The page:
Ahead of the curve: The next 7 days
February 6th, 2011
07:44 PM ET

Ahead of the curve: The next 7 days

Protests against Egypt's government in Cairo's Tahrir Square are entering their 14th day Monday. Although many demonstrators still are calling for President Hosni Mubarak's immediate ouster, Mubarak has indicated he intends to stay in office through September's elections, with his vice president reportedly negotiating with opposition groups on a long-term path toward a representative government. After bloody clashes between anti-government and pro-government crowds last week, it's unclear when or how the uprising will be resolved. With the reopening of some banks and other institutions this week, will life in parts of Cairo shift to something resembling normalcy? Here's a look at this and some of the other stories we plan to follow this week:

Banks reopen as uprising continues

Some signs of a slow return to normalcy could be seen Sunday in parts of Cairo, with shops reopening, traffic increasing and some banks opening for the first time since January 27. The nation's central bank, however, has restricted the amount of money that individuals can withdraw. The Egyptian stock market also could reopen this week, following days of closure because of the uprising.  Work has also begun on restoring Egyptian artifacts damaged during the protests.

We'll also keep an eye this week on negotiations between Mubarak's regime and opposition groups. On Sunday, Vice President Omar Suleiman offered concessions, including the future end to the military emergency law that has been in place since Mubarak came to power in 1981, according to state-run TV. The two sides discussed, according to state-run TV, plans to form committees that would oversee changes aimed at creating a representative government.

For more on the unrest in Egypt, check out this breakdown of Mubarak's moves during the crisis and this timeline of the Egyptian protests.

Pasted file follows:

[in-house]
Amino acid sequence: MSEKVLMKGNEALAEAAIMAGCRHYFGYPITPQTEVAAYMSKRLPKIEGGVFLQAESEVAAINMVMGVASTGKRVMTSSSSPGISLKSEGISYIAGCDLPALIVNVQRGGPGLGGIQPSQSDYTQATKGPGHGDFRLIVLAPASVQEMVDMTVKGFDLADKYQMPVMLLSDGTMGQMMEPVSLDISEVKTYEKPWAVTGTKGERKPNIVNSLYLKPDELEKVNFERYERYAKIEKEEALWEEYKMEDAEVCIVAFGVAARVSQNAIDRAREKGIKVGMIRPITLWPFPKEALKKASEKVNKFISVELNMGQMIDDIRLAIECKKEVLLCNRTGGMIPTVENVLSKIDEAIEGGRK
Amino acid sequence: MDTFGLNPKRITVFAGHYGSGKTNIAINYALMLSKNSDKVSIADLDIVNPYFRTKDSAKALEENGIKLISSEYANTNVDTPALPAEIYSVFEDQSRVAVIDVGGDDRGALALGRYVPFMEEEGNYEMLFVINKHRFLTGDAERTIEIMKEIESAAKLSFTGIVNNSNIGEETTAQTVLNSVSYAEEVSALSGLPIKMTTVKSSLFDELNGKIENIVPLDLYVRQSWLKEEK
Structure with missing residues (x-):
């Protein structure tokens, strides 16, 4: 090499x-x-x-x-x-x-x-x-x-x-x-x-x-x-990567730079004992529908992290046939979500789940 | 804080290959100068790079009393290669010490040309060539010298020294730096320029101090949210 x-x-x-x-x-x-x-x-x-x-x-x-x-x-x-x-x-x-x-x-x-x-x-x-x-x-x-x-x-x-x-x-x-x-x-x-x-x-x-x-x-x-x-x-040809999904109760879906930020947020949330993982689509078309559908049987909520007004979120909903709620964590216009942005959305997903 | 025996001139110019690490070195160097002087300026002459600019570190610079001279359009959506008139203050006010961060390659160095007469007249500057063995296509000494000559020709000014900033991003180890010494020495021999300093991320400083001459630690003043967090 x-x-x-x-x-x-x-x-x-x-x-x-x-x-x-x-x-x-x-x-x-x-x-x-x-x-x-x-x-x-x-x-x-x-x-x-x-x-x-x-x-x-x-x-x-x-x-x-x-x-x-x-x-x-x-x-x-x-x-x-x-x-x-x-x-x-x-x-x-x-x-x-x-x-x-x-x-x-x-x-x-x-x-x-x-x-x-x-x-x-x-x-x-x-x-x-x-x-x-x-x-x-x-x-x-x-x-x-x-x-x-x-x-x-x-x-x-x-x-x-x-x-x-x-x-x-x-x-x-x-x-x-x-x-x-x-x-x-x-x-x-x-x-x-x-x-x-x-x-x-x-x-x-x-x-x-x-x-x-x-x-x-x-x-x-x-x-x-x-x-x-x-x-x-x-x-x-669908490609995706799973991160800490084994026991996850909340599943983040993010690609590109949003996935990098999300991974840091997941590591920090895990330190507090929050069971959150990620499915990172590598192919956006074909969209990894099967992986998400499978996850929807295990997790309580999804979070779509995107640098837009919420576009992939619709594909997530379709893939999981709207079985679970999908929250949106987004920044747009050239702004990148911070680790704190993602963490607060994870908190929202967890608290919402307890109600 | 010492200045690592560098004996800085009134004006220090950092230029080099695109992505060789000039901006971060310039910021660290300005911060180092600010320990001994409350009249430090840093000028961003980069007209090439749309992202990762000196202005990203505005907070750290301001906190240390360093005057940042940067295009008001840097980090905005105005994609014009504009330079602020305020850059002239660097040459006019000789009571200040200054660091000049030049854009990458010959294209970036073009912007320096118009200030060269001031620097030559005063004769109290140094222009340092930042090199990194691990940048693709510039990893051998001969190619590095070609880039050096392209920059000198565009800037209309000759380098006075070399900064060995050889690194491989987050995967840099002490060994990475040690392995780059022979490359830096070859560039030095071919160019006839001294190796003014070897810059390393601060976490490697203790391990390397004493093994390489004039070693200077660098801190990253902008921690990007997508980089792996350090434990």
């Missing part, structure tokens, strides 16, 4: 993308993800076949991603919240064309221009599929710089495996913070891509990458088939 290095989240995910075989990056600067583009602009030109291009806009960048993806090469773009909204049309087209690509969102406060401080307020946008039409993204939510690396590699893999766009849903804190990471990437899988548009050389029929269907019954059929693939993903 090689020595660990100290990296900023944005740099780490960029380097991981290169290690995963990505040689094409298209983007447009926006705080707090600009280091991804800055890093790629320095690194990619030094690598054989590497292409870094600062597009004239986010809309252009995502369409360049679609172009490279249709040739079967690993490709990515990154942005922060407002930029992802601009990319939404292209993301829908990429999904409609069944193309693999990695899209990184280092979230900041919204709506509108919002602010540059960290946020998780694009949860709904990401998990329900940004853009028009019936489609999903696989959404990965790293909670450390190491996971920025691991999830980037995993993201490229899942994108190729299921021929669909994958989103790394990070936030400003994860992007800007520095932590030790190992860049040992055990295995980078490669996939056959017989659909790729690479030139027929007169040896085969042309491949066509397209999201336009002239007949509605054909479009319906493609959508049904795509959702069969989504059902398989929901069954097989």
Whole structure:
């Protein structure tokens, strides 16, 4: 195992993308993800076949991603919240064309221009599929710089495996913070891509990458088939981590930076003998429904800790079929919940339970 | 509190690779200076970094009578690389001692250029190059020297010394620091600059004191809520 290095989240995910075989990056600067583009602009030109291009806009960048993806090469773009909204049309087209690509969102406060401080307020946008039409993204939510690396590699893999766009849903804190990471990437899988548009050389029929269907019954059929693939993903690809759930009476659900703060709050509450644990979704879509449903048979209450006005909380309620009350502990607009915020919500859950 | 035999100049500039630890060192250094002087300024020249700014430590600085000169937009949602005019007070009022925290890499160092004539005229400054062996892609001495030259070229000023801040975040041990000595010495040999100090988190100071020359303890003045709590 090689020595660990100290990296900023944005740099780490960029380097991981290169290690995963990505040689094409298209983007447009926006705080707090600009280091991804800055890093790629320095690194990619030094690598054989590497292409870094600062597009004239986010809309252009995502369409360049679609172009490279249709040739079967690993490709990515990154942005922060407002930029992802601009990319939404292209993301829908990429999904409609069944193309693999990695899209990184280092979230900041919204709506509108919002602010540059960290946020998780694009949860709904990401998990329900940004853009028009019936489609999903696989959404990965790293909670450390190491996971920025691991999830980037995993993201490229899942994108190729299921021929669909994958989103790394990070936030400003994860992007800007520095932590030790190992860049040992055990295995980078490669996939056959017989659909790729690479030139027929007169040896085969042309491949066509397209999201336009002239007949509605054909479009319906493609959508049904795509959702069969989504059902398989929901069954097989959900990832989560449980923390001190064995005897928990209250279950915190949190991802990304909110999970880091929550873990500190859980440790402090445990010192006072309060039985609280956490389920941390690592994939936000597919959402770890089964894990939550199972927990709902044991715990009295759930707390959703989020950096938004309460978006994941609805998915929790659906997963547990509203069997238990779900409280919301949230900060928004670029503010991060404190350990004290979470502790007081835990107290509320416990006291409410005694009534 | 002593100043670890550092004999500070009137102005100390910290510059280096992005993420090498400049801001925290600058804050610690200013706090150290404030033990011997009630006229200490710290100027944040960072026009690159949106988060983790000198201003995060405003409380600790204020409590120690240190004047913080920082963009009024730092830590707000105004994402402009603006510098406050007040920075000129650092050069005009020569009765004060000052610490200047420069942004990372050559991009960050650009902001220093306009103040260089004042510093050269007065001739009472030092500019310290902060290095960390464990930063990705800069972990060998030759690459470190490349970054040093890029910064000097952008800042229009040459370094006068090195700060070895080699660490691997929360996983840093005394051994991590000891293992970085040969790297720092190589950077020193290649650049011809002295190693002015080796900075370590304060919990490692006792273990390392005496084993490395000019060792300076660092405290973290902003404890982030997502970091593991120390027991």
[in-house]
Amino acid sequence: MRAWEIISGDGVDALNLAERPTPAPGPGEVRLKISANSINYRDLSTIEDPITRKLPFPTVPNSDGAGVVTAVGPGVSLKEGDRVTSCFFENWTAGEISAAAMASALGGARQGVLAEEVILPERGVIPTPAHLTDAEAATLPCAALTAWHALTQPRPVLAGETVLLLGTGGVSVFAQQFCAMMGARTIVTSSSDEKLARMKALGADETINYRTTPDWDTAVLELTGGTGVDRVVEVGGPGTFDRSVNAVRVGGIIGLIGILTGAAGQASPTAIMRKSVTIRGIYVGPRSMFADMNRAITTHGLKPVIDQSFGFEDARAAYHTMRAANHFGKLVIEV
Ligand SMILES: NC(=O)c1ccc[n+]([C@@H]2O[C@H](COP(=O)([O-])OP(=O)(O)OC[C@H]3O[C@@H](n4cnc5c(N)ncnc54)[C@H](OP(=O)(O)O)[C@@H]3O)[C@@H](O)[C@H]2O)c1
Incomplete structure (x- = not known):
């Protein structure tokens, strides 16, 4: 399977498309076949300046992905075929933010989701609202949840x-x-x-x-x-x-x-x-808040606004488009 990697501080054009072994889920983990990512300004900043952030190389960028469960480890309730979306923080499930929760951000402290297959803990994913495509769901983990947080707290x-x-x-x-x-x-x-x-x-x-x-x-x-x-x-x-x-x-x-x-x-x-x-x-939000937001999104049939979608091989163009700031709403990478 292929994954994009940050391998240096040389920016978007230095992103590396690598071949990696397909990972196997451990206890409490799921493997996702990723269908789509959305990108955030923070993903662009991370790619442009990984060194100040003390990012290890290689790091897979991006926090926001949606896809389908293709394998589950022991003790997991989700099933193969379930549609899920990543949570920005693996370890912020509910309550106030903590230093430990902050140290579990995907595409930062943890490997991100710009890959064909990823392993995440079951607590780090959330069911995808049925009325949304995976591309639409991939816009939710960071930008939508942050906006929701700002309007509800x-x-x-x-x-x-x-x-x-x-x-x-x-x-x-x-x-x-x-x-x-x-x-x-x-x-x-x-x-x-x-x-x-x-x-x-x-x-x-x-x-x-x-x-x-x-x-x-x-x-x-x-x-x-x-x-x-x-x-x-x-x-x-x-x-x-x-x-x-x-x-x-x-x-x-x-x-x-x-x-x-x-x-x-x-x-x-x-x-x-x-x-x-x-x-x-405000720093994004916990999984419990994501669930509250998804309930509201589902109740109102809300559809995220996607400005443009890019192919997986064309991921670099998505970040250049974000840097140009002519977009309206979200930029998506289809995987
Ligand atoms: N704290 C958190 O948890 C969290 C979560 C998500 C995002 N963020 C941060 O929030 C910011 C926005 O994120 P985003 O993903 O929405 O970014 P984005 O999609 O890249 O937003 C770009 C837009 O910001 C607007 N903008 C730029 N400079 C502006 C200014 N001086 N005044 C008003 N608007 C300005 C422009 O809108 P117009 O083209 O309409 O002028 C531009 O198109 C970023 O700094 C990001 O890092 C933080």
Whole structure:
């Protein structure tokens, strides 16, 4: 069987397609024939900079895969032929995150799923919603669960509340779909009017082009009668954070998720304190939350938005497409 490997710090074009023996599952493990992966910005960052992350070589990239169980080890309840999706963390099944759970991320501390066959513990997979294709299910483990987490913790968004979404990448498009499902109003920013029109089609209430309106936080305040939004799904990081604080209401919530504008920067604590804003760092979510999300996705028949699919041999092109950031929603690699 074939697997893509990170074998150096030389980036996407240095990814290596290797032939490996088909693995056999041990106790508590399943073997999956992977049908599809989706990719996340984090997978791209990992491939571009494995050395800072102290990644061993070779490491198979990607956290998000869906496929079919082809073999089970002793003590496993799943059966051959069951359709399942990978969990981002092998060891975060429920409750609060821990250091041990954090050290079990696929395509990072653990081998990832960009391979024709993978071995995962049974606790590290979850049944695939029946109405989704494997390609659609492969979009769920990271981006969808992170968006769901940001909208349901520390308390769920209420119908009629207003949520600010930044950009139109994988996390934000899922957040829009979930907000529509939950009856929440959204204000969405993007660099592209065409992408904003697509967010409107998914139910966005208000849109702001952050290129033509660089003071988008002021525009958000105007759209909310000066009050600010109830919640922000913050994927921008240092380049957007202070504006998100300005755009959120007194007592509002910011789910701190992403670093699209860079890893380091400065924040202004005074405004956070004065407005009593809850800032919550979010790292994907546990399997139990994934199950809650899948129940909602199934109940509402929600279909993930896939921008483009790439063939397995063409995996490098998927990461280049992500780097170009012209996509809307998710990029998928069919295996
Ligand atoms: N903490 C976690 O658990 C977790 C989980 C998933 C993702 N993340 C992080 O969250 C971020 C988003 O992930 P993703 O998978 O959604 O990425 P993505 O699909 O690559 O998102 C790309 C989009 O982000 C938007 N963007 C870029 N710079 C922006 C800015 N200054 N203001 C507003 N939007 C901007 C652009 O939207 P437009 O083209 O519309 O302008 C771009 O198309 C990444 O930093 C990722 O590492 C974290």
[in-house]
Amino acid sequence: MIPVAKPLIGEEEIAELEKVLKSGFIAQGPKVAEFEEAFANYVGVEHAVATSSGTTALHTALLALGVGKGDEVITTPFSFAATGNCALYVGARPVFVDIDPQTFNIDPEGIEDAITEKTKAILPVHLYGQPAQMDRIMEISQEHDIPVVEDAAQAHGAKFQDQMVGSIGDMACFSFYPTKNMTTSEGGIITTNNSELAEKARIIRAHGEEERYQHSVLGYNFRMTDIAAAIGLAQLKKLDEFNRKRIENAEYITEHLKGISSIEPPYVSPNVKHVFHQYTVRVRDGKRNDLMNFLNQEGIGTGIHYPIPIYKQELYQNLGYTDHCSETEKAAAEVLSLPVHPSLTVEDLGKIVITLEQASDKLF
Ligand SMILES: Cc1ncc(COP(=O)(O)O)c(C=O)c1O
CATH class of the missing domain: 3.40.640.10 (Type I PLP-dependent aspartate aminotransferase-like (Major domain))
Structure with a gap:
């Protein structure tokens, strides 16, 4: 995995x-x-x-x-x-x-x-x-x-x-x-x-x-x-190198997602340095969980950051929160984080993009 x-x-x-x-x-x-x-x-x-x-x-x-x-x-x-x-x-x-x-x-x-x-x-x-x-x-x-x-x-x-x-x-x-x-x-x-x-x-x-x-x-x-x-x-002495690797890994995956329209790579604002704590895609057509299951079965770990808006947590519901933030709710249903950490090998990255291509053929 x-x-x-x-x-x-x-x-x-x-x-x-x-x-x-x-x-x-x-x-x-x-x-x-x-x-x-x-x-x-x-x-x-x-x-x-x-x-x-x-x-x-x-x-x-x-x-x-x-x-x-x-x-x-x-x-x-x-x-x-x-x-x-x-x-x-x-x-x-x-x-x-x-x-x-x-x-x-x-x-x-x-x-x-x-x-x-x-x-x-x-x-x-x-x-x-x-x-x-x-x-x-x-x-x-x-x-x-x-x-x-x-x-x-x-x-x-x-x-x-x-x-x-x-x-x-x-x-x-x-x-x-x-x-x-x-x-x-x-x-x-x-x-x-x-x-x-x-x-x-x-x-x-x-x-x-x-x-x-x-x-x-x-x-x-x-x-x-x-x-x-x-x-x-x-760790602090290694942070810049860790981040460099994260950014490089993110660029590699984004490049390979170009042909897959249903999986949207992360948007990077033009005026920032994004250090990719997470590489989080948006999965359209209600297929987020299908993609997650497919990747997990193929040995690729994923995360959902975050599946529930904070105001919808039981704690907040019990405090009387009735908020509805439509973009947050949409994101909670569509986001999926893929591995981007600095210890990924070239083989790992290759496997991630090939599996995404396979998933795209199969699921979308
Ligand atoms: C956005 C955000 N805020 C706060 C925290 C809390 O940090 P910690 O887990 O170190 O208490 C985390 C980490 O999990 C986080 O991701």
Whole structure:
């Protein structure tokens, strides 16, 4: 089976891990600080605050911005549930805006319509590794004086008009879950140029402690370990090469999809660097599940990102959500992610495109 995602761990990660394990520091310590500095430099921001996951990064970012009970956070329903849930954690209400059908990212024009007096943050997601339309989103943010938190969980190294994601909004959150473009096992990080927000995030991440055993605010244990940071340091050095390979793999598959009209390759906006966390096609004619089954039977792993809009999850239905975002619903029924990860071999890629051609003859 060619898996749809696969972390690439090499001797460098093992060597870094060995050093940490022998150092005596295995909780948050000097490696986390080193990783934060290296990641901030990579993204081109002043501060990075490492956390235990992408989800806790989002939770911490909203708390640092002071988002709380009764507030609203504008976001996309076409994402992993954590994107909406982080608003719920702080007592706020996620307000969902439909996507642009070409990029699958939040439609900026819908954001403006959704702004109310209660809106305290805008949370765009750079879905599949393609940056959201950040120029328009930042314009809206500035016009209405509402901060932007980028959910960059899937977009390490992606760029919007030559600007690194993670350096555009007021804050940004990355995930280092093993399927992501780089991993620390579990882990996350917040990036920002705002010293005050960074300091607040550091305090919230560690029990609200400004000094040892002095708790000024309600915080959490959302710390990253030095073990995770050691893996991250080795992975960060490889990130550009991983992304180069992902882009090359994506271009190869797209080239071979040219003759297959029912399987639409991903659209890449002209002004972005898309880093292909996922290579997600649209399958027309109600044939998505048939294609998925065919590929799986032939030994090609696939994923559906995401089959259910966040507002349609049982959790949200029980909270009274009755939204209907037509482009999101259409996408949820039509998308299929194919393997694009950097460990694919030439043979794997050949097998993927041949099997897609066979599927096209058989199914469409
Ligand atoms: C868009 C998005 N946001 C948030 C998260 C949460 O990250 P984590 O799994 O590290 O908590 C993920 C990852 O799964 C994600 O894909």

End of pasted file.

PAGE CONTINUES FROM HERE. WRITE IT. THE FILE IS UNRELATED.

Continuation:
Extradition hearing for WikiLeaks founder set to begin

WikiLeaks founder Julian Assange is due to appear in a London court on Monday for the start of what is expected to be a two-day extradition hearing. Assange, a 39-year-old Australian, is wanted in Sweden for questioning about allegations that he sexually assaulted two women in Stockholm last summer. Assange has denied the allegations and is fighting extradition.

FARC to release first of five hostages

Colombian rebels say they will release on Wednesday the first of five Colombian hostages they plan to free. The Revolutionary Armed Forces of Colombia, or FARC, has said it will release Marcos Vaquero, a mayor in Colombia, to the Red Cross. In December, the rebels announced plans to release the five hostages - a police major, two military service members and two municipal politicians - as a humanitarian gesture.

North Korea, South Korea to hold first talks since November attack

North Korea and South Korea are scheduled to hold working-level military discussions on Tuesday - the first inter-Korean talks since North Korean forces shelled South Korea's Yeonpyeong Island, killing two South Korean marines and two civilians. North Korea said the strike was in response to the South's navy firing into Northern waters. South Korea said last month that  the South will demand in Tuesday's talks that Pyongyang take responsibility for last year's military actions, and that higher-level military talks will be held only if the North promises to refrain from further provocations.

Obama to address group that opposed his Wall Street, health care efforts

U.S. President Barack Obama on Monday is scheduled to speak in front of the U.S. Chamber of Commerce, which opposed his push for Wall Street and health care reforms and, in November's midterm elections, worked to defeat many Democrats who had backed his programs. The visit to the chamber is seen as part of Obama's efforts to build bridges with the business community.

Also in Washington, the annual Conservative Political Action Conference - a place to be for Republican presidential hopefuls - runs from Thursday to Saturday. Controversy is in the air, with some social conservative groups sitting out to protest the inclusion of a pro-gay Republican group. Many likely candidates for the 2012 GOP presidential nomination will be there, including Mississippi Gov. Haley Barbour, Indiana Gov. Mitch Daniels, former House Speaker Newt Gingrich, former Minnesota Gov. Tim Pawlenty, former Massachusetts Gov. Mitt Romney, former Sen. Rick Santorum, Sen. John Thune and Rep. Michele Bachmann. The conference ends with a straw poll asking attendees who they support for president.